Posted 342 days ago ago by Admin
For any helicopter pilot paying the scantest bit of attention to the news, the conclusion is inescapable: Commercial unmanned aircraft – a.k.a. drones – are no longer toys. They have grown in size, payload capacity, mission profiles, and range to become bonafide aerial platforms.
The fact that commercial unmanned aircraft are achieving ‘critical mass’ (the minimum size or amount of something required to start or maintain a venture) raises big questions for helicopter pilots: Will the advent of drones take work away from humans? Or does this emergence open up vast new possibilities for aerial applications – and new employment opportunities for pilots as a result?
Here’s what we know so far.
Drones Are Ascending
Surprisingly, functional unmanned aircraft have existed for more than 100 years. In the mid-1910s the British RAF were developing radio-controlled unmanned ‘Aerial Target’ aircraft to take out German Zeppelins proving just how useful unmanned aircraft could be in military deployment, a fact reinforced by the heavy use of surveillance/attack drones (such as the USAF’s MQ-1 Predator) in the world today.
It is only now that drones are taking off in the commercial sector. Robin Riedel, a partner in the consulting firm McKinsey & Company, who covers the disruptive aerospace sector, says that there are three ‘unlocks’ that explain why this is happening today. “The first unlock is battery density or the amount of energy that can be stored in a battery at a given weight,” Riedel says. “We’re now at the point where batteries have sufficient density to provide the power that commercial unmanned aircraft need at weights that they can afford to carry aloft.”
“The second unlock is the amount of flight/sensor data and onboard artificial intelligence that we can use in drones to allow them to fly in an autonomous/self-flying mode and to carry out pre-programmed flight paths with minimal human intervention,” Riedel adds. “The third unlock is the public’s growing acceptance of unmanned aircraft, now that consumers have become accustomed to buying toy drones for their kids at Christmas.”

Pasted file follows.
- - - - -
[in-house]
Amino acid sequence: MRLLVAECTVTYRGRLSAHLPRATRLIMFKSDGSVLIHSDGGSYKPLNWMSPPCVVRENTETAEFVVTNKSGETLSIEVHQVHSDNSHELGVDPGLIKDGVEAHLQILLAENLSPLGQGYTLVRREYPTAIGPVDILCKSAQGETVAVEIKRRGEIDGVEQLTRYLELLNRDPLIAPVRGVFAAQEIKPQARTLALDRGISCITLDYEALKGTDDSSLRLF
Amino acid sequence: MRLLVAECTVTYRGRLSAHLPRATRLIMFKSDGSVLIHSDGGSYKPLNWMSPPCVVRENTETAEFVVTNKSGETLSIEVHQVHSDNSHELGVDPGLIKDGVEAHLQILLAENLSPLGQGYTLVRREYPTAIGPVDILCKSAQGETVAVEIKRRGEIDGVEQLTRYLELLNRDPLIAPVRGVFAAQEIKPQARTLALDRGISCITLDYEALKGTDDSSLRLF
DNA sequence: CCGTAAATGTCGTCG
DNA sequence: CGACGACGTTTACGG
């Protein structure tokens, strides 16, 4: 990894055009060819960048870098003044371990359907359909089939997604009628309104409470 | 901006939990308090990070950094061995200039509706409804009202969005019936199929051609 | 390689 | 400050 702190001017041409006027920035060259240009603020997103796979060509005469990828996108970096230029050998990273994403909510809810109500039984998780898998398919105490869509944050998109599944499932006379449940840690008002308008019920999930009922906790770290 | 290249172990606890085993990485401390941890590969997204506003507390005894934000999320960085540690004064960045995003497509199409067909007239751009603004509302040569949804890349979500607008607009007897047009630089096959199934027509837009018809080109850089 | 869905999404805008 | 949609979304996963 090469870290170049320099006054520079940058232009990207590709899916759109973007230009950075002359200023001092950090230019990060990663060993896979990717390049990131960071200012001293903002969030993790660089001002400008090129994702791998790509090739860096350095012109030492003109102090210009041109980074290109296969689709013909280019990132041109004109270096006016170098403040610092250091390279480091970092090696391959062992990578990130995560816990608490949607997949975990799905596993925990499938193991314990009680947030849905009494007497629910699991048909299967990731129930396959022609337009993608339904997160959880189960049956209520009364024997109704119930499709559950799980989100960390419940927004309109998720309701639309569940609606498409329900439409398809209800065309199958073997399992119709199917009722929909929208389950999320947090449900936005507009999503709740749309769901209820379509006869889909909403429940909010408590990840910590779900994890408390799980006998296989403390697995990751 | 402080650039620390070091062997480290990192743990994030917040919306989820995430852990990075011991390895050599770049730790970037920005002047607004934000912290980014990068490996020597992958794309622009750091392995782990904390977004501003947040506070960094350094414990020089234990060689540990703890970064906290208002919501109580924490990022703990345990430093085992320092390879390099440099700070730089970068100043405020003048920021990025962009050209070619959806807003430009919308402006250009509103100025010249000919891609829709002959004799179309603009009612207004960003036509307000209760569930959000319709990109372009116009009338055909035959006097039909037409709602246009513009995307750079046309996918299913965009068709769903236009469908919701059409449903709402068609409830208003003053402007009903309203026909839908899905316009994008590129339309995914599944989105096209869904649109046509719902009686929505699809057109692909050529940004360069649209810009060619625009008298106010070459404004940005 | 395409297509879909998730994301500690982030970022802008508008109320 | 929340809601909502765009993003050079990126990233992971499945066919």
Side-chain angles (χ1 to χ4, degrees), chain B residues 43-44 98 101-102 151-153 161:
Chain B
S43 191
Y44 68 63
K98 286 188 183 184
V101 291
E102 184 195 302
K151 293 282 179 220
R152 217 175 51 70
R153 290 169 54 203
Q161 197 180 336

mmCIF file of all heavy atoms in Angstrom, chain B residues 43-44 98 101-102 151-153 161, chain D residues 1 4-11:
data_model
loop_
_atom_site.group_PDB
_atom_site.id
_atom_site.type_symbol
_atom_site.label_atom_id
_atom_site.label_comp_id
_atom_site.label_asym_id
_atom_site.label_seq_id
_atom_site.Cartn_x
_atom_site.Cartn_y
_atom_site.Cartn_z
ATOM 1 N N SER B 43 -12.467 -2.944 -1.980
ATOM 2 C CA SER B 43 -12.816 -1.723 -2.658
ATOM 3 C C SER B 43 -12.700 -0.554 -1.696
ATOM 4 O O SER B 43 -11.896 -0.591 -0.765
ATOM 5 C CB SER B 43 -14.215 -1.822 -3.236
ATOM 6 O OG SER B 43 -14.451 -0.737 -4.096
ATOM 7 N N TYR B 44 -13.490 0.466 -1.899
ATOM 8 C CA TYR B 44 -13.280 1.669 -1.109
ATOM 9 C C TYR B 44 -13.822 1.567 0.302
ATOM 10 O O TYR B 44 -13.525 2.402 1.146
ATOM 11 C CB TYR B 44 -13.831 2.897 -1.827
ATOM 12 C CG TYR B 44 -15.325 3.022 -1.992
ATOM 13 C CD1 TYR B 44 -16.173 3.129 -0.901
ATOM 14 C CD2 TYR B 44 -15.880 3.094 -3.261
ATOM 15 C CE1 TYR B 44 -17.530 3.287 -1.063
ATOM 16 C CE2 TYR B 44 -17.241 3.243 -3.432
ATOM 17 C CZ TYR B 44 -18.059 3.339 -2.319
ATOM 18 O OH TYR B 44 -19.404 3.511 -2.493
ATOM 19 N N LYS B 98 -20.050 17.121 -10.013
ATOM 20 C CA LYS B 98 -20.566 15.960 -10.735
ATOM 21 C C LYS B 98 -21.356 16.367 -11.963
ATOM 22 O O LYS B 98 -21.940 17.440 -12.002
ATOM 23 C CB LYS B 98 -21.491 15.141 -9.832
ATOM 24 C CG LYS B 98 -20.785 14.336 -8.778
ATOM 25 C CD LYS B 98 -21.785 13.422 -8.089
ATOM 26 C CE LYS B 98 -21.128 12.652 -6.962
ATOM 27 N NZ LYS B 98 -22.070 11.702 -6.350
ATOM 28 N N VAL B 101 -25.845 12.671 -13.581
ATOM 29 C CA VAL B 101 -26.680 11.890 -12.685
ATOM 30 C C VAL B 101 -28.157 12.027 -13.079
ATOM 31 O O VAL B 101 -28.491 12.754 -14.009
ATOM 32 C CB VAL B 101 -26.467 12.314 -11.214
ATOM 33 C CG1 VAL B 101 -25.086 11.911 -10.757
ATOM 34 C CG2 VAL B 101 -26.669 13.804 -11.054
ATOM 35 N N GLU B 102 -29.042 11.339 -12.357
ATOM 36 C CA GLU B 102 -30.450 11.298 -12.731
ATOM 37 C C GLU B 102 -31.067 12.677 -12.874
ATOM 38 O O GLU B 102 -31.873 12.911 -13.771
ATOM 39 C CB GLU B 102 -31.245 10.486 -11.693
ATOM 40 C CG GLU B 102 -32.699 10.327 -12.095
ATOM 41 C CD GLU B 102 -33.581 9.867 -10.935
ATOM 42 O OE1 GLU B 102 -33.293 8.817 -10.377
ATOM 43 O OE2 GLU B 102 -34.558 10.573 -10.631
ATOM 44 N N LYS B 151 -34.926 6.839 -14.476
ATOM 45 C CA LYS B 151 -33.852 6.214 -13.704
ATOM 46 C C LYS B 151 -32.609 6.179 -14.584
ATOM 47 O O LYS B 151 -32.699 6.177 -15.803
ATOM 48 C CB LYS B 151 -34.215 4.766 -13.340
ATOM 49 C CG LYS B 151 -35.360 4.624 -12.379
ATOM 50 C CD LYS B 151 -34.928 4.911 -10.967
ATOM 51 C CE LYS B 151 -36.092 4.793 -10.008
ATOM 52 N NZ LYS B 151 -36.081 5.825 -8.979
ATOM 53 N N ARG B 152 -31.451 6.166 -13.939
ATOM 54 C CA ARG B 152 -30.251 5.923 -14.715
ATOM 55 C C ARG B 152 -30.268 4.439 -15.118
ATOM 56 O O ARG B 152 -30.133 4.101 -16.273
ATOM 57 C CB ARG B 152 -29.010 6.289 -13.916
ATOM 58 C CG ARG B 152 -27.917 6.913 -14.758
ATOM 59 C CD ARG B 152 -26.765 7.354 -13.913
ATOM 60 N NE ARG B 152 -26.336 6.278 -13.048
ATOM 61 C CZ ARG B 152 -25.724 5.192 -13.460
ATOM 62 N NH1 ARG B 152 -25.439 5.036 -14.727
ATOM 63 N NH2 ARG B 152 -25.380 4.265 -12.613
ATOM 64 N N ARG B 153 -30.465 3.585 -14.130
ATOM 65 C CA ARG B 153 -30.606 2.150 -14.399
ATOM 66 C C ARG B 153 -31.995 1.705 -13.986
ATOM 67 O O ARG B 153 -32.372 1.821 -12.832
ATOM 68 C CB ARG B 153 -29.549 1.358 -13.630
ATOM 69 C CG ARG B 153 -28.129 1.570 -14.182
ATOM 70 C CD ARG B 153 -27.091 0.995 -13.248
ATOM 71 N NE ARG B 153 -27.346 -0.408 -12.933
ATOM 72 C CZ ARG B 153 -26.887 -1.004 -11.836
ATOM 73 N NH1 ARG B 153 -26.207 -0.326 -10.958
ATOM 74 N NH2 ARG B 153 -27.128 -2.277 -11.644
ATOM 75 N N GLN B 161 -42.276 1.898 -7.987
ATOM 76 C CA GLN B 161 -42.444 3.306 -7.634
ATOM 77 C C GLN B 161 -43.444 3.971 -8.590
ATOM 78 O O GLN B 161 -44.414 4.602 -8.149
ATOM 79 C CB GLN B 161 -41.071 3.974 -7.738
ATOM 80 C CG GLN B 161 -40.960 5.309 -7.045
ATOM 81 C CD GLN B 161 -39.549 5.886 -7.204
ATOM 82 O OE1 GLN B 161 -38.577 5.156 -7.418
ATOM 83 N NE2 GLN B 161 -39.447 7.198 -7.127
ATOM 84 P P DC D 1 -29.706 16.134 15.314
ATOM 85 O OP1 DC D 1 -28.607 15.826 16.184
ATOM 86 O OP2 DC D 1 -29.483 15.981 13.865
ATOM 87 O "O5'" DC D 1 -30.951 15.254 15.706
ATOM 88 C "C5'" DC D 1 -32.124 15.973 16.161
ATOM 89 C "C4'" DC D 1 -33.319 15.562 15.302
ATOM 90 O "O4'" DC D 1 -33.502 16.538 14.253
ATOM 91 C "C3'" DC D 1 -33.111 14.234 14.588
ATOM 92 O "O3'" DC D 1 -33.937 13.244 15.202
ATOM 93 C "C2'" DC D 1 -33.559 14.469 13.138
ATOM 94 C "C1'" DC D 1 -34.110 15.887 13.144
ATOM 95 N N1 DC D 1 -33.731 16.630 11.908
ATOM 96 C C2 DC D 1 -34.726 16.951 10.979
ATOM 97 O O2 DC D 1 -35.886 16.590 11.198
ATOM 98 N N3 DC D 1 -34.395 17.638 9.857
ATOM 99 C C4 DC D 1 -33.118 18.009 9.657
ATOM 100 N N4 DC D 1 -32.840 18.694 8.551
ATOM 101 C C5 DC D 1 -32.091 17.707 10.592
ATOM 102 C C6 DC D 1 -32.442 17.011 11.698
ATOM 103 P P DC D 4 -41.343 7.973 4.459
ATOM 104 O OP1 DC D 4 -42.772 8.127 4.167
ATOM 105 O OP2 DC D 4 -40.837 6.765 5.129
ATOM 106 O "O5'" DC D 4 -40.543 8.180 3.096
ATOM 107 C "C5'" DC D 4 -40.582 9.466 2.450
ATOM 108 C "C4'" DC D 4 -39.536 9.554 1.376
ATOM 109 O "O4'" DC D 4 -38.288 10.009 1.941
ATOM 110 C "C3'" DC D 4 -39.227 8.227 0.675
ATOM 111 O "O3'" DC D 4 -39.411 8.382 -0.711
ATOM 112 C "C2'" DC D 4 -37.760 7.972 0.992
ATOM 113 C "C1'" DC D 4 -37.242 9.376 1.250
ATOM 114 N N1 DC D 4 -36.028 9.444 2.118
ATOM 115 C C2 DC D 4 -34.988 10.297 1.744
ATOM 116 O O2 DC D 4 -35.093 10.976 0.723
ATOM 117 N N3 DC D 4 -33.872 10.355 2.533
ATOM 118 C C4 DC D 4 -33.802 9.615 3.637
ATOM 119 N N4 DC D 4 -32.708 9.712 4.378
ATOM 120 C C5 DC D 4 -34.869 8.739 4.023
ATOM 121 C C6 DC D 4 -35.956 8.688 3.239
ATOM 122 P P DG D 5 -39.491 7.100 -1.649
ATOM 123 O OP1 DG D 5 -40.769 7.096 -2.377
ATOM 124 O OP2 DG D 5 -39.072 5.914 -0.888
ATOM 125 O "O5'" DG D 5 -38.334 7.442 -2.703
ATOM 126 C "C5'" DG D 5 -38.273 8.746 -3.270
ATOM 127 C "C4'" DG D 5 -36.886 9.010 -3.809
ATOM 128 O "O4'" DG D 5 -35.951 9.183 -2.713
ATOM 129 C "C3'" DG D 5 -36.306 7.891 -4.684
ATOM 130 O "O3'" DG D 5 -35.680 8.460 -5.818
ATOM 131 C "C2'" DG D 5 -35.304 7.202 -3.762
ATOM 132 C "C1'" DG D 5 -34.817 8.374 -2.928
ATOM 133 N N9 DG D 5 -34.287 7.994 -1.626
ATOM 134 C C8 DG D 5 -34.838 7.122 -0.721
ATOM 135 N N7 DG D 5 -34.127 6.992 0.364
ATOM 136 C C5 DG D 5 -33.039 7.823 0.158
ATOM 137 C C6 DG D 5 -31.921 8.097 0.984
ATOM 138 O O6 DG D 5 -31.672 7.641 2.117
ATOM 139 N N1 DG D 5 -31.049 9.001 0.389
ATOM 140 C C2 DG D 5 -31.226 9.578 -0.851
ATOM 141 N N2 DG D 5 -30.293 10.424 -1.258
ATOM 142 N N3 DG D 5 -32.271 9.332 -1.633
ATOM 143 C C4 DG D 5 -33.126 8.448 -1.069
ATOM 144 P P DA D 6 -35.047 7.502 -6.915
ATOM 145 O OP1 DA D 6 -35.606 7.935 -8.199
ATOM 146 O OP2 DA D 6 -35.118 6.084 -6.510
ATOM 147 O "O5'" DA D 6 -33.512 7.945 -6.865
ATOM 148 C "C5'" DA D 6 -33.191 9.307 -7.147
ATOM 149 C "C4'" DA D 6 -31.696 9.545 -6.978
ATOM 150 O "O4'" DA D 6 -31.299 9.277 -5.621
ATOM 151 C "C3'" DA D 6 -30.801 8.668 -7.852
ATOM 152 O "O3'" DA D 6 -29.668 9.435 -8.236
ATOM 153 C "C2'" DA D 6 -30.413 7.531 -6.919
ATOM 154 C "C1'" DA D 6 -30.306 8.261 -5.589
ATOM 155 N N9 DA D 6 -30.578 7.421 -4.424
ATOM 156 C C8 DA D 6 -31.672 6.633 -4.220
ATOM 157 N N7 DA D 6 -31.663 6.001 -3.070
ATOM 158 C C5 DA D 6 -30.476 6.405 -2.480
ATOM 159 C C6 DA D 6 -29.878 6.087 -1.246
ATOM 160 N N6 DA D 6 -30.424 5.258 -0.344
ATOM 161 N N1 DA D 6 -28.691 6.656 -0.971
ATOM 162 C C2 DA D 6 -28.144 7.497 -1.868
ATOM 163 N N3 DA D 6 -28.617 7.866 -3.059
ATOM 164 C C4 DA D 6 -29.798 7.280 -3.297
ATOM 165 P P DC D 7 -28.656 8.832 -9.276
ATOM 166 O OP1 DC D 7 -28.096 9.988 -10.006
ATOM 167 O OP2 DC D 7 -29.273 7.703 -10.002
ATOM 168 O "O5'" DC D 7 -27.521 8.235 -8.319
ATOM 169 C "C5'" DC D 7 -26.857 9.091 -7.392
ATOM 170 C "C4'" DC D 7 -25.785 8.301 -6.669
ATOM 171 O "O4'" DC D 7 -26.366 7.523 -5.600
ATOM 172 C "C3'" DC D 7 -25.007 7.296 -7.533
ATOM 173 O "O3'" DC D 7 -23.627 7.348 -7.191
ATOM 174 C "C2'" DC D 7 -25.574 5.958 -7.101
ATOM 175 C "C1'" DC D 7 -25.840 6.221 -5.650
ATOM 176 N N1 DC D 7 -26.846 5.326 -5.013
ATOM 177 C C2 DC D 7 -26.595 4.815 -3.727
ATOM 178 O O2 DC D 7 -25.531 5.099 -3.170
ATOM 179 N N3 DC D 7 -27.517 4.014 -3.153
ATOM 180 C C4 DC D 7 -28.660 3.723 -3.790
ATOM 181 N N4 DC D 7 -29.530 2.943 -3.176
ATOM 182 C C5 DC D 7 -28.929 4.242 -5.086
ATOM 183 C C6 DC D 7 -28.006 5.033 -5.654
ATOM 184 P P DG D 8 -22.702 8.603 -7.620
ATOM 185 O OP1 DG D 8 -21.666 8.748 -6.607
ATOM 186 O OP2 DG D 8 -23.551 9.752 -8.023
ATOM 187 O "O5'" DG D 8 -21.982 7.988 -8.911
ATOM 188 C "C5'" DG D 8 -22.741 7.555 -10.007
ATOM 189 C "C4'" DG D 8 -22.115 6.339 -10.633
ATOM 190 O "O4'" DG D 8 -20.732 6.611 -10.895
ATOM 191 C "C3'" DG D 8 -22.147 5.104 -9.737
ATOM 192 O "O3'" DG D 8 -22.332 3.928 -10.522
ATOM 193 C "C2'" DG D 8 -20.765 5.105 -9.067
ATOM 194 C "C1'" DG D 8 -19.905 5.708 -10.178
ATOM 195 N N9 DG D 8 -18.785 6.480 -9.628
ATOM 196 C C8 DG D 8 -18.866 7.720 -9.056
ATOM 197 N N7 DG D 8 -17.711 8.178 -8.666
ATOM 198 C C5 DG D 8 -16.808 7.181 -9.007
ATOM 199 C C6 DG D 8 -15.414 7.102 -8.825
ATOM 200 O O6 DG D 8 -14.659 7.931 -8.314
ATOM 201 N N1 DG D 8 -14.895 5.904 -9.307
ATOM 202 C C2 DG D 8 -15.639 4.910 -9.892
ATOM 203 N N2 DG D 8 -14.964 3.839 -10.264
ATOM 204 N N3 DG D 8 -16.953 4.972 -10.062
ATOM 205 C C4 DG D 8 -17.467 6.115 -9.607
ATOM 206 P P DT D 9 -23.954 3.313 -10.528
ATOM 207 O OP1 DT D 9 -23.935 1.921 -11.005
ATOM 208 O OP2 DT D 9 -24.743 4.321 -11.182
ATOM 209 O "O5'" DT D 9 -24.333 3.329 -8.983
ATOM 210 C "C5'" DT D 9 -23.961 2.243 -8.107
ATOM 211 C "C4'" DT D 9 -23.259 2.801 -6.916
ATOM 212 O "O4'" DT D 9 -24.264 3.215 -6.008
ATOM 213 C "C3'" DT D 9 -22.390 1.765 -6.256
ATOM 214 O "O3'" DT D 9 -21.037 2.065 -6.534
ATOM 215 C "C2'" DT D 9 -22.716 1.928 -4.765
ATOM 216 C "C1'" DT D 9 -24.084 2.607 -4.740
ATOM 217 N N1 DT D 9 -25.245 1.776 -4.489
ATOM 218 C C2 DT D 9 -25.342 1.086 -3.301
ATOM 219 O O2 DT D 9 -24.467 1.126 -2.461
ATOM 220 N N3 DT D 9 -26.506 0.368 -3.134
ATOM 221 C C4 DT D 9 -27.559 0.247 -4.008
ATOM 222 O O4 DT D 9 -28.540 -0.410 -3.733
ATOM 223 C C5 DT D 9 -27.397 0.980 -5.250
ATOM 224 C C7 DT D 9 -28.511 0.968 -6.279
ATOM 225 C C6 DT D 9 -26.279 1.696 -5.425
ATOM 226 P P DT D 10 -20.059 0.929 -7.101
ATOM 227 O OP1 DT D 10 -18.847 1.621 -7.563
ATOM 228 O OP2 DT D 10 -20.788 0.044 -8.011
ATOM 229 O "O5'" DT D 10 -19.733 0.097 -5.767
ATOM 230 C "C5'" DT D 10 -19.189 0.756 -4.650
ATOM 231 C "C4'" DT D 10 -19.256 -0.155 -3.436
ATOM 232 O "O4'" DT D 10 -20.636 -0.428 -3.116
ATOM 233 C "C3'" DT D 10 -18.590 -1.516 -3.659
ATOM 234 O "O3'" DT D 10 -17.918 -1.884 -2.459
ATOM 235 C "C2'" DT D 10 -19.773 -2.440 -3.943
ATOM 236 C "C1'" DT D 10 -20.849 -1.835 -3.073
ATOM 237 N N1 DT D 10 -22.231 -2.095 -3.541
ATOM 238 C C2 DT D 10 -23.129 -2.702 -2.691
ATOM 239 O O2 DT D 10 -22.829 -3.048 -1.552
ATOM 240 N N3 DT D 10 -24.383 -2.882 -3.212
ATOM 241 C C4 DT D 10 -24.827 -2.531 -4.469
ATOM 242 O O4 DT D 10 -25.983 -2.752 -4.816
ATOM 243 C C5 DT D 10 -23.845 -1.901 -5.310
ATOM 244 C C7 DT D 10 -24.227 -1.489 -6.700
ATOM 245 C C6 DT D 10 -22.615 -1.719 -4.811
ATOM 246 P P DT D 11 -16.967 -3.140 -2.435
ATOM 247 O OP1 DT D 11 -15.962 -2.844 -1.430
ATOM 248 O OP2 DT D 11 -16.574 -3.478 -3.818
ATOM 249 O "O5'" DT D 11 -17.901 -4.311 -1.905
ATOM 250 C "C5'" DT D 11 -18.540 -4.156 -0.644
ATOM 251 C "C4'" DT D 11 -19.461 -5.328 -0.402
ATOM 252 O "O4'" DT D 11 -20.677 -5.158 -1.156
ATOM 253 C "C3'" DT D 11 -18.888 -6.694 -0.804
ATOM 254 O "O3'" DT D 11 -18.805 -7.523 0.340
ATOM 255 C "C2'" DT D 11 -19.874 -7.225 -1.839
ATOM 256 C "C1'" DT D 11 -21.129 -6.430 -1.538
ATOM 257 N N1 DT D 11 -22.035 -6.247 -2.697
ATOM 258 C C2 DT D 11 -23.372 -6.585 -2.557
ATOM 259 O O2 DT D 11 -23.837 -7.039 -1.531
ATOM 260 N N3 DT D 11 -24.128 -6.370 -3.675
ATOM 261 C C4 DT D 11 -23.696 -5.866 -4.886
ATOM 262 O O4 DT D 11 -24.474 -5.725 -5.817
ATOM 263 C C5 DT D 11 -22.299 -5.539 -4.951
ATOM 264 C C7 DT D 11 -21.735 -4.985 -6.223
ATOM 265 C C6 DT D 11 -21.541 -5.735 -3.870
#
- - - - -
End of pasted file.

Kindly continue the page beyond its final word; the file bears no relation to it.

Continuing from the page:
There are other factors that have resulted in commercial unmanned systems achieving critical mass. They include the development of helicopter-like multirotor aircraft capable of lifting heavy payloads and the work being done to integrate drones into air traffic control systems, which makes beyond-visual-line-of-sight flights safely possible for unmanned aircraft.
Finally, there’s one more reason that these drones are taking off, namely their ability to fly missions that are not economically nor prudent for manned aircraft to fly on their own. “Today’s drones are being offered as turnkey solutions for business,” says Riedel. “Providers are selling flight management software that allows you to choose destinations by just placing markers on your iPad screen.”
Brave New World of Flight
Juan Plaza is CEO of Juan B. Plaza Consulting, which provides guidance on issues regarding unmanned aircraft and general aviation to customers. Plaza is also a pilot, aerial photographer/mapper, writer, and an expert on the emerging commercial drone industry.
Urban aerial mobility (UAM) is one area where Plaza expects commercial drones to proliferate. UAMs are basically unmanned aerial taxis that use electrical motors to fly passengers short distances. “For instance, the Uber Elevate UAM initiative is based on the notion that it is far cheaper to fly a four-passenger autonomous or remotely piloted air taxi over New York City’s gridlocked streets than it is to pay for a helicopter ride with an onboard human pilot,” he says. “Anywhere where driving is a problem and helicopters are expensive, AI-controlled air taxis that run on electric batteries will be an affordable and effective alternative.”
It is for this very reason that Airbus Helicopters has established its own UAM manufacturing division. It is currently working on CityAirbus, an all-electric, four-seat multicopter demonstrator meant to prove the concept of remotely piloted electric vertical takeoff and landing (eVTOL) flight. This prototype conducted its first takeoff in May 2019.
“Urban air mobility is a key element in Airbus’ zero emission strategy,” says Balkiz Sarihan, head of UAM strategy execution & partnerships at Airbus. “It is also essential to our long-term strategy of driving the development of ‘techno-bricks’ such as autonomy, connectivity, and fully electric flight that will benefit both traditional helicopters and the future urban air mobility market.”
“On the purely technical side of things, we have taken a demonstrator approach to mature the techno-bricks that we will need for a certifiable aircraft,” Sarihan adds. “The result from our tilt-wing Vahana flights have already been analyzed. Testing with our real-sized CityAirbus multicopter vehicle is still ongoing. This allows us to learn a maximum amount about the possible architectures in the shortest possible time.”